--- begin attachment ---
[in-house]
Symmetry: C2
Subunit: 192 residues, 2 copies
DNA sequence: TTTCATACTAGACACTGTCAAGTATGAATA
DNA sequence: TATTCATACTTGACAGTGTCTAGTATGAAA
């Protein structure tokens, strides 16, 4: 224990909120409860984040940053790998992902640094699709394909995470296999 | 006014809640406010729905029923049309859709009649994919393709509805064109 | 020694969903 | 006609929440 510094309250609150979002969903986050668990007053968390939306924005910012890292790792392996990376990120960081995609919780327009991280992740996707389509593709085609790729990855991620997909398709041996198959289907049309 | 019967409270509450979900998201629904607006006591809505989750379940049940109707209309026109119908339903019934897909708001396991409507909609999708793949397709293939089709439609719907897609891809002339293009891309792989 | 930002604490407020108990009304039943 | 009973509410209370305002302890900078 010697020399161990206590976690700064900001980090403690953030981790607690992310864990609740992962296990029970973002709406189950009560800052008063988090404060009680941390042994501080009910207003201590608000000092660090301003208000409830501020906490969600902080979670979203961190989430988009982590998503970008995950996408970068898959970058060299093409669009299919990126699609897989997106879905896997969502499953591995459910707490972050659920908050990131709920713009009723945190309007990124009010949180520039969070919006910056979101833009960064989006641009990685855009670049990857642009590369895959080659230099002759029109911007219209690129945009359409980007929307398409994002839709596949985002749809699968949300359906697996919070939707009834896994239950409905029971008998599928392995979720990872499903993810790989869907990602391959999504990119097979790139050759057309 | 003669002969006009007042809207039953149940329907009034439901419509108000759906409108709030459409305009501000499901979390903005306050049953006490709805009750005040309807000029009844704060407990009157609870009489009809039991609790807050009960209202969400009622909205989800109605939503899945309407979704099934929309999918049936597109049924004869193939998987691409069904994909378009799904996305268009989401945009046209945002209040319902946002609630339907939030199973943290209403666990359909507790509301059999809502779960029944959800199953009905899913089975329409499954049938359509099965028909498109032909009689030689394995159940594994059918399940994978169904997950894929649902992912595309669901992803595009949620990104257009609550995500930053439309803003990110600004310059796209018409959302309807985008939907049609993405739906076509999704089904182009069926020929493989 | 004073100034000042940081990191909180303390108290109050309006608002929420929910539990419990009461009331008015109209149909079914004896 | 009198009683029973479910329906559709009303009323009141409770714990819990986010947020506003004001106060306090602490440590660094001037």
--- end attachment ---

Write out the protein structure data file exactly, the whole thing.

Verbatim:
[in-house]
Symmetry: C2
Subunit: 192 residues, 2 copies
DNA sequence: TTTCATACTAGACACTGTCAAGTATGAATA
DNA sequence: TATTCATACTTGACAGTGTCTAGTATGAAA
């Protein structure tokens, strides 16, 4: 224990909120409860984040940053790998992902640094699709394909995470296999 | 006014809640406010729905029923049309859709009649994919393709509805064109 | 020694969903 | 006609929440 510094309250609150979002969903986050668990007053968390939306924005910012890292790792392996990376990120960081995609919780327009991280992740996707389509593709085609790729990855991620997909398709041996198959289907049309 | 019967409270509450979900998201629904607006006591809505989750379940049940109707209309026109119908339903019934897909708001396991409507909609999708793949397709293939089709439609719907897609891809002339293009891309792989 | 930002604490407020108990009304039943 | 009973509410209370305002302890900078 010697020399161990206590976690700064900001980090403690953030981790607690992310864990609740992962296990029970973002709406189950009560800052008063988090404060009680941390042994501080009910207003201590608000000092660090301003208000409830501020906490969600902080979670979203961190989430988009982590998503970008995950996408970068898959970058060299093409669009299919990126699609897989997106879905896997969502499953591995459910707490972050659920908050990131709920713009009723945190309007990124009010949180520039969070919006910056979101833009960064989006641009990685855009670049990857642009590369895959080659230099002759029109911007219209690129945009359409980007929307398409994002839709596949985002749809699968949300359906697996919070939707009834896994239950409905029971008998599928392995979720990872499903993810790989869907990602391959999504990119097979790139050759057309 | 003669002969006009007042809207039953149940329907009034439901419509108000759906409108709030459409305009501000499901979390903005306050049953006490709805009750005040309807000029009844704060407990009157609870009489009809039991609790807050009960209202969400009622909205989800109605939503899945309407979704099934929309999918049936597109049924004869193939998987691409069904994909378009799904996305268009989401945009046209945002209040319902946002609630339907939030199973943290209403666990359909507790509301059999809502779960029944959800199953009905899913089975329409499954049938359509099965028909498109032909009689030689394995159940594994059918399940994978169904997950894929649902992912595309669901992803595009949620990104257009609550995500930053439309803003990110600004310059796209018409959302309807985008939907049609993405739906076509999704089904182009069926020929493989 | 004073100034000042940081990191909180303390108290109050309006608002929420929910539990419990009461009331008015109209149909079914004896 | 009198009683029973479910329906559709009303009323009141409770714990819990986010947020506003004001106060306090602490440590660094001037």